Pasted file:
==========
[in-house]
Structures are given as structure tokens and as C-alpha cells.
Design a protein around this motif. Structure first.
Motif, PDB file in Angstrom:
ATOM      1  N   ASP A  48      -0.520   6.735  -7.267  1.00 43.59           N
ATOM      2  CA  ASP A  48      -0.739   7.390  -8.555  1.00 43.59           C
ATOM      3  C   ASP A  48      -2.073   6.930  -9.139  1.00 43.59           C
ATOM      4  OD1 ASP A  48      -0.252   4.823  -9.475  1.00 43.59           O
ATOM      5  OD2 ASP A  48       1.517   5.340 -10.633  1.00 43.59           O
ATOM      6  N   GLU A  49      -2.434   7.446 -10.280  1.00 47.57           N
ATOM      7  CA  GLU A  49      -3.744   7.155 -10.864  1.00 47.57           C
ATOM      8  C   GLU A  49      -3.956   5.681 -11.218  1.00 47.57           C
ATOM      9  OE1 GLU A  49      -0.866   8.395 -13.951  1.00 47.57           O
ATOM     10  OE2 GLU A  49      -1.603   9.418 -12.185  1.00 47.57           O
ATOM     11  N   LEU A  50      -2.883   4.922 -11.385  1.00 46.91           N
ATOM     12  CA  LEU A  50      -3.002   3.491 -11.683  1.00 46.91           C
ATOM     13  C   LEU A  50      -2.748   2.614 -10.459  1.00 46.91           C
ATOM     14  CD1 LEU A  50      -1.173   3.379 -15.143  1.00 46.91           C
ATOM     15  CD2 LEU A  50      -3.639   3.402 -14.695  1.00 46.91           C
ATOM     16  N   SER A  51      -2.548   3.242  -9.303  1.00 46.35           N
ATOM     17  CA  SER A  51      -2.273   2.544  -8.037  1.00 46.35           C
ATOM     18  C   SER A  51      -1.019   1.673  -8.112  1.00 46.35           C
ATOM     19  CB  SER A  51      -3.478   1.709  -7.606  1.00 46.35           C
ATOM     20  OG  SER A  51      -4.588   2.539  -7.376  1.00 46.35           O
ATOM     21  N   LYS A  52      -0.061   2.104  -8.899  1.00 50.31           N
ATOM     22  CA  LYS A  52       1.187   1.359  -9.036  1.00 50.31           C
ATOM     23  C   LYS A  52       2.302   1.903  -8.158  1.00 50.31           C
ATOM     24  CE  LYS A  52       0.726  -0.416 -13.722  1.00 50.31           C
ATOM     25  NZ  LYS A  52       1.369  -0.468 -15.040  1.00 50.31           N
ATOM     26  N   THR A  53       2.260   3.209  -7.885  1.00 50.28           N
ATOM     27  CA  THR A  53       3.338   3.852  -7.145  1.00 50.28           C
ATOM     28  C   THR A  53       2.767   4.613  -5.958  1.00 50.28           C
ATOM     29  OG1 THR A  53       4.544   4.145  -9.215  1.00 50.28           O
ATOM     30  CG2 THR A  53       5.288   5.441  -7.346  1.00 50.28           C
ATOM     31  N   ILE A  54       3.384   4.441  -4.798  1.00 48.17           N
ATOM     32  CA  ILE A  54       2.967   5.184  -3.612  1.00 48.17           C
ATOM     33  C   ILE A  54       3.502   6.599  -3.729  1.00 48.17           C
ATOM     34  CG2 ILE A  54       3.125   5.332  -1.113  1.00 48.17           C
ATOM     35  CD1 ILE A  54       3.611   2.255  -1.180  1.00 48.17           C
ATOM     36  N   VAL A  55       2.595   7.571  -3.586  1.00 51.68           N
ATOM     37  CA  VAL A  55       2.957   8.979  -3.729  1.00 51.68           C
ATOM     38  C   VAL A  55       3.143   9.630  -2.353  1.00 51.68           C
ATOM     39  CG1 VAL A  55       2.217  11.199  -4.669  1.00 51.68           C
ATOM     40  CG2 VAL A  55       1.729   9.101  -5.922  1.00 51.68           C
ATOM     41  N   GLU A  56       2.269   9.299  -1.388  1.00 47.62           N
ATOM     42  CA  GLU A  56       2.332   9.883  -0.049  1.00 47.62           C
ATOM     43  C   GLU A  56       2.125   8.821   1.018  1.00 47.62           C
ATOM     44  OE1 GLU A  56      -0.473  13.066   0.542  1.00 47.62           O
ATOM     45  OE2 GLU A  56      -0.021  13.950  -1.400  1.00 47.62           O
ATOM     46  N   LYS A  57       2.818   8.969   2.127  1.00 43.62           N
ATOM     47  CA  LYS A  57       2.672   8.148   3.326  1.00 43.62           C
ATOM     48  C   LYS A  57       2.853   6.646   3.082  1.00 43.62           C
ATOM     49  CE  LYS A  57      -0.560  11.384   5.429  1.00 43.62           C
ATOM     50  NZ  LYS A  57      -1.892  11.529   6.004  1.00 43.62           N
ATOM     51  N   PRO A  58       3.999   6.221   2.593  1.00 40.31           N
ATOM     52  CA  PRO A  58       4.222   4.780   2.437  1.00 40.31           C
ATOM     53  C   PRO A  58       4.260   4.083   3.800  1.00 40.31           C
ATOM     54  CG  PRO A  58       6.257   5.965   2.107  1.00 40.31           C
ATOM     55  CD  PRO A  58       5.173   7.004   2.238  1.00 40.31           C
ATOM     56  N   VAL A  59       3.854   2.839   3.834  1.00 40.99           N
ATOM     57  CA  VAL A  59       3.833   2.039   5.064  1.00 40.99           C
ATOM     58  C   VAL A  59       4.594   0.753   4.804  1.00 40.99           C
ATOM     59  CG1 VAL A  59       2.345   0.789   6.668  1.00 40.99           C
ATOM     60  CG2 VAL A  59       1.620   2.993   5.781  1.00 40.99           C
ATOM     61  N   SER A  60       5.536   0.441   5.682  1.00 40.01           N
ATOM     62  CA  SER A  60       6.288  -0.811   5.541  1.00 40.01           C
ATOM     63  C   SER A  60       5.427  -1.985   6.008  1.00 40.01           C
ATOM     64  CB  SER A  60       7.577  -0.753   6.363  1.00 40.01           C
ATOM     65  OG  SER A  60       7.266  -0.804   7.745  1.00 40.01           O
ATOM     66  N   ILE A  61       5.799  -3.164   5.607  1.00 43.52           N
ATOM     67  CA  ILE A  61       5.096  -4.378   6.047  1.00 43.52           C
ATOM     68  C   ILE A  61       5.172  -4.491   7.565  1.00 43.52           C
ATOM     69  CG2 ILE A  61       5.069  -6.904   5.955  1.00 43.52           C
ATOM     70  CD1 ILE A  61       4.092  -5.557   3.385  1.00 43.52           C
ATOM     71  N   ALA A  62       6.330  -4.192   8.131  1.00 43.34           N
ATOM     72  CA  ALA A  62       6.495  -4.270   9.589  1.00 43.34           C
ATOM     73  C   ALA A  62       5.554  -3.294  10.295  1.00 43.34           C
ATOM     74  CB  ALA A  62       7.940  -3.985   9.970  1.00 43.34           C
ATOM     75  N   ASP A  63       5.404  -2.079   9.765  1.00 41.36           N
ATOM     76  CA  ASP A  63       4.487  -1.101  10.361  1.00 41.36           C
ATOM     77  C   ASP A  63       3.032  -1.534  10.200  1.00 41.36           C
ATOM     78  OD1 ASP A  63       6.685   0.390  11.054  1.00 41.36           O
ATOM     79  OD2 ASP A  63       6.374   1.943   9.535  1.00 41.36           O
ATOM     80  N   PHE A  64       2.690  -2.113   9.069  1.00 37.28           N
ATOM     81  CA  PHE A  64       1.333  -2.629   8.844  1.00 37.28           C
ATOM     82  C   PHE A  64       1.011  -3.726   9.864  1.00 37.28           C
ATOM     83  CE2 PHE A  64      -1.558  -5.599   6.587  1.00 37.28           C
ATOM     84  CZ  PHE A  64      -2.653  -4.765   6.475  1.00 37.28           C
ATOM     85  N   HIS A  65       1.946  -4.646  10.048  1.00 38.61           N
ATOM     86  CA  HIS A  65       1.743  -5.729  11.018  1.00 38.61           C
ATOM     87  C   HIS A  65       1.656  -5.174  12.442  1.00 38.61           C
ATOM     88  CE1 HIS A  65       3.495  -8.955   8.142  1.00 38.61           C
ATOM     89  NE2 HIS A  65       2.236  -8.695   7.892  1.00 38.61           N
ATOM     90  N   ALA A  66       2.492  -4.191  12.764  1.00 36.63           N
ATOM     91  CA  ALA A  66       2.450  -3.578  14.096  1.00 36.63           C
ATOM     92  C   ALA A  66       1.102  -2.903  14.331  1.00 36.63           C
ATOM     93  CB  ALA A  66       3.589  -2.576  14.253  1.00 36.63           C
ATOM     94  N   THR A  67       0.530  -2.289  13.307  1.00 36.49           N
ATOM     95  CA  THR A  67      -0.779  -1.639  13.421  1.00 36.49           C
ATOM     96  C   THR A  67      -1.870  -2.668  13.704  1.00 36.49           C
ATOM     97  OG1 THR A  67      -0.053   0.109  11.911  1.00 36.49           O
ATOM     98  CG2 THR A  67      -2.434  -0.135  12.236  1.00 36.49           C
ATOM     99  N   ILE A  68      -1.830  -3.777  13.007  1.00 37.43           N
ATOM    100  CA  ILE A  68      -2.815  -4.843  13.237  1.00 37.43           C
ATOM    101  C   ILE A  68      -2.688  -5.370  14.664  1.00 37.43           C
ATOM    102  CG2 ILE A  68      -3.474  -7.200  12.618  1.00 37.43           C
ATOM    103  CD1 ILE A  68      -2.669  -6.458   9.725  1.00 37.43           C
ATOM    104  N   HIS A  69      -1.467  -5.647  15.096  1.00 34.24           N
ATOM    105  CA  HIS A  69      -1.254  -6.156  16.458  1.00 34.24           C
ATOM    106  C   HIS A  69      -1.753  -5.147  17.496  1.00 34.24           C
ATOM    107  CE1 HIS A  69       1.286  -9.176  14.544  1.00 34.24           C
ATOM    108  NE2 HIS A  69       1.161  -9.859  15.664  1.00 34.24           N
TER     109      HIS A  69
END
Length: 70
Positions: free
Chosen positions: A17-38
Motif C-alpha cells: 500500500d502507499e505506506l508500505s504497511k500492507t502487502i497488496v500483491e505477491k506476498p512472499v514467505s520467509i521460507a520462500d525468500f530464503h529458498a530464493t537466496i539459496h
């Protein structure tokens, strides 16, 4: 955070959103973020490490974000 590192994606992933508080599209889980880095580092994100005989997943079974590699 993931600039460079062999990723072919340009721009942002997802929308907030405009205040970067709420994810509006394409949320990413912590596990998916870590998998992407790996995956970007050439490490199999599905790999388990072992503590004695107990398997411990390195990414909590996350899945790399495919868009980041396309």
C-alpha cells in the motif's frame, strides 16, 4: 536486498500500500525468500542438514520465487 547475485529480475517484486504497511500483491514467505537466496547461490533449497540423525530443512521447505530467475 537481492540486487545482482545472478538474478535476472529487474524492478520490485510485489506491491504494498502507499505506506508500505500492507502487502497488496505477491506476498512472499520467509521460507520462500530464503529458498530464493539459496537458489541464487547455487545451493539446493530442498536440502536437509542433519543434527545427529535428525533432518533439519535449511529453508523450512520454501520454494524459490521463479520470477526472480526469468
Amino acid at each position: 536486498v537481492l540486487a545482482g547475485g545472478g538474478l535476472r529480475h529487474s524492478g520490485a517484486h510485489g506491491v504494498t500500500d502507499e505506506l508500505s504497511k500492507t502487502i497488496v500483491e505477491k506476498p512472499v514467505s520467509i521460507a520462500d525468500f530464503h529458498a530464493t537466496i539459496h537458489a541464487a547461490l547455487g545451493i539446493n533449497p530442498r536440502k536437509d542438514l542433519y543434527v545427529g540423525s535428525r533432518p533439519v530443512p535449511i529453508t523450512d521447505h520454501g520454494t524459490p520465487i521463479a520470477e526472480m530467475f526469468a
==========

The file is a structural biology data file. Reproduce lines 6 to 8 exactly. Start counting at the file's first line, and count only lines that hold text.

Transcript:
ATOM      2  CA  ASP A  48      -0.739   7.390  -8.555  1.00 43.59           C
ATOM      3  C   ASP A  48      -2.073   6.930  -9.139  1.00 43.59           C
ATOM      4  OD1 ASP A  48      -0.252   4.823  -9.475  1.00 43.59           O